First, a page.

The Affordable Care Act and You
The Affordable Care Act (ACA)—also known as the health care law—was created to expand access to coverage, control health care costs, and improve health care quality and care coordination. Find out what you need to know about the ACA and your health coverage.
What does the ACA mean for me?
Under this law, if you’re a U.S. taxpayer, you and your family members must:
- Have health coverage that meets a minimum standard (called the “minimum essential coverage” requirement), or
- Qualify for an exemption, or
- Pay a fee when filing your taxes if you have affordable health coverage options but choose not to buy health insurance. This fee is known as an individual shared responsibility payment. It’s also sometimes called the “penalty,” “fine,” or “individual mandate.”
Does my health coverage through VA meet the ACA’s minimum essential coverage requirement?
Your health coverage meets the minimum essential coverage requirement if you’re signed up for one of these:
If you’re covered under one of these programs, you don’t need to do anything more to avoid the penalty fee. If you’re not covered under one of these programs, you can apply at any time.
Are you a Servicemember or Veteran?
Find out if you qualify for VA health benefits.
Are you a family member or caregiver?
Find out if you qualify for health benefits for family members and caregivers.
Does the ACA change my VA health benefits?
No. The health care law doesn’t change your VA health benefits or your out-of-pocket costs.
If I’m not signed up for a VA or Department of Defense health care program, how do I get health coverage to meet the requirement?
If you’re not signed up for a health care program—and you don’t meet the health care law coverage standards—you’ll need to get coverage through the Health Insurance Marketplace.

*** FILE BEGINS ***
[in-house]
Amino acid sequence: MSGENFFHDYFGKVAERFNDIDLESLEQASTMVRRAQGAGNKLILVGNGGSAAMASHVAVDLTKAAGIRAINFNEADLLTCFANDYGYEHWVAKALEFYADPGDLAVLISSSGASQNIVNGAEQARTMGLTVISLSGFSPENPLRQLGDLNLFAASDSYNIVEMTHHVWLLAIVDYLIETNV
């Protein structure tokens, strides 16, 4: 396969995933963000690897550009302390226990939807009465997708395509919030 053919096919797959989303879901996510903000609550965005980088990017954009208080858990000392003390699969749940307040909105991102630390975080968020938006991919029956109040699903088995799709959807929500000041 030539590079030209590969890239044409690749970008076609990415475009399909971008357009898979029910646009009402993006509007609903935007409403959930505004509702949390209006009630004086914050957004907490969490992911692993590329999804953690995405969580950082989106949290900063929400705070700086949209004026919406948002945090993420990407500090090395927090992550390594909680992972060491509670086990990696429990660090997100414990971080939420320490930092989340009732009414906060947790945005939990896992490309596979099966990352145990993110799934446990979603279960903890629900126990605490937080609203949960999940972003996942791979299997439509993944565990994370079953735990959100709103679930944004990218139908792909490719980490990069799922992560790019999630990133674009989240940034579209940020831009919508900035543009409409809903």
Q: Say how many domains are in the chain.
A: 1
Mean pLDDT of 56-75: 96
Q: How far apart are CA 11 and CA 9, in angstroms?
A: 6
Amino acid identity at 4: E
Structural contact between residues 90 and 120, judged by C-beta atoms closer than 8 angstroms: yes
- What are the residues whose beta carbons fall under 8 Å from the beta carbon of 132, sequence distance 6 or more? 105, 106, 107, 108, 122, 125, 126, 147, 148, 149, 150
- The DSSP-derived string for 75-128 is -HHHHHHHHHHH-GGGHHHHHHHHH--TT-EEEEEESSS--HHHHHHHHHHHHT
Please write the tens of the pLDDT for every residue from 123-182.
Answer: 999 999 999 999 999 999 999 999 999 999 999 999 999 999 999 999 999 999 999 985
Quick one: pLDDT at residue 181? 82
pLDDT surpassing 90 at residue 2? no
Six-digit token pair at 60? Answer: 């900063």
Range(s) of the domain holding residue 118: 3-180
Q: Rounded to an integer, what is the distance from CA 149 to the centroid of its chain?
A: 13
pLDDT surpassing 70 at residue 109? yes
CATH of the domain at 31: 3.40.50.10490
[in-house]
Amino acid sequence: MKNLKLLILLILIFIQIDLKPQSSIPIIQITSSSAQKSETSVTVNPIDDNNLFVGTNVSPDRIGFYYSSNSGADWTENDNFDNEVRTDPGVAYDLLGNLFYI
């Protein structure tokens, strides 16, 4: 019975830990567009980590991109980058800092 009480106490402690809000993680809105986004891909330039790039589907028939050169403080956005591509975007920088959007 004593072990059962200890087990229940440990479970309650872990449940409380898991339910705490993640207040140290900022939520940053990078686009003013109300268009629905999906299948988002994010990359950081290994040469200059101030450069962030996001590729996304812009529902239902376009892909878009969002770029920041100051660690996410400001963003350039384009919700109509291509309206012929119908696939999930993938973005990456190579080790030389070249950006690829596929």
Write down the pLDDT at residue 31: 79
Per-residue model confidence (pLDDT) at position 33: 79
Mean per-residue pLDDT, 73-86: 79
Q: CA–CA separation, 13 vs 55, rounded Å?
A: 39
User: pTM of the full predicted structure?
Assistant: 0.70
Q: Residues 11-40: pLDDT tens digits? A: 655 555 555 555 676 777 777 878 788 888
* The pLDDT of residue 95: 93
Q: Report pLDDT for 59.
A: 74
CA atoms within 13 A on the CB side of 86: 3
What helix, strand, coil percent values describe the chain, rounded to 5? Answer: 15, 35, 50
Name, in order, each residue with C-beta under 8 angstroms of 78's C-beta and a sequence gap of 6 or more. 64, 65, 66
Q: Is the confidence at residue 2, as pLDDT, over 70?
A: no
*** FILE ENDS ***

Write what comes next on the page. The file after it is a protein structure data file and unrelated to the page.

Through the Marketplace, you can shop for and buy private health insurance (health plans that aren’t provided by VA) to fit your budget and meet your needs. You may be able to get financial assistance, like lower costs on monthly premiums or out-of-pocket costs. You may also qualify for free or low-cost coverage through Medicaid or the Children’s Health Insurance Program (CHIP).
The 2018 Health Insurance Marketplace open enrollment period was November 1, 2017, to December 15, 2017. You can enroll after open enrollment only if you have life changes—like losing your coverage, getting married, or having a baby—or if you qualify for Medicaid or CHIP.
Get more details on enrollment dates.
Apply for health coverage and find out if you qualify for assistance.
What if members of my family have access to affordable coverage but remain uninsured?
If your family members have access to affordable coverage but remain uninsured, you may have to pay a penalty fee when filing your taxes. This payment will either be a flat fee or a percentage of your taxable household income, depending on which amount is higher. The fee will only be for the months you didn’t have qualifying health coverage.
Find out how much you may pay for not having health insurance.
Learn more about the individual shared responsibility payment.
Can I get an exemption so I don’t have to pay the penalty fee for being uninsured?
You may qualify for an exemption for a number of reasons, like:
- Certain hardships
- Some life events
- Health coverage or financial status
- Membership in some groups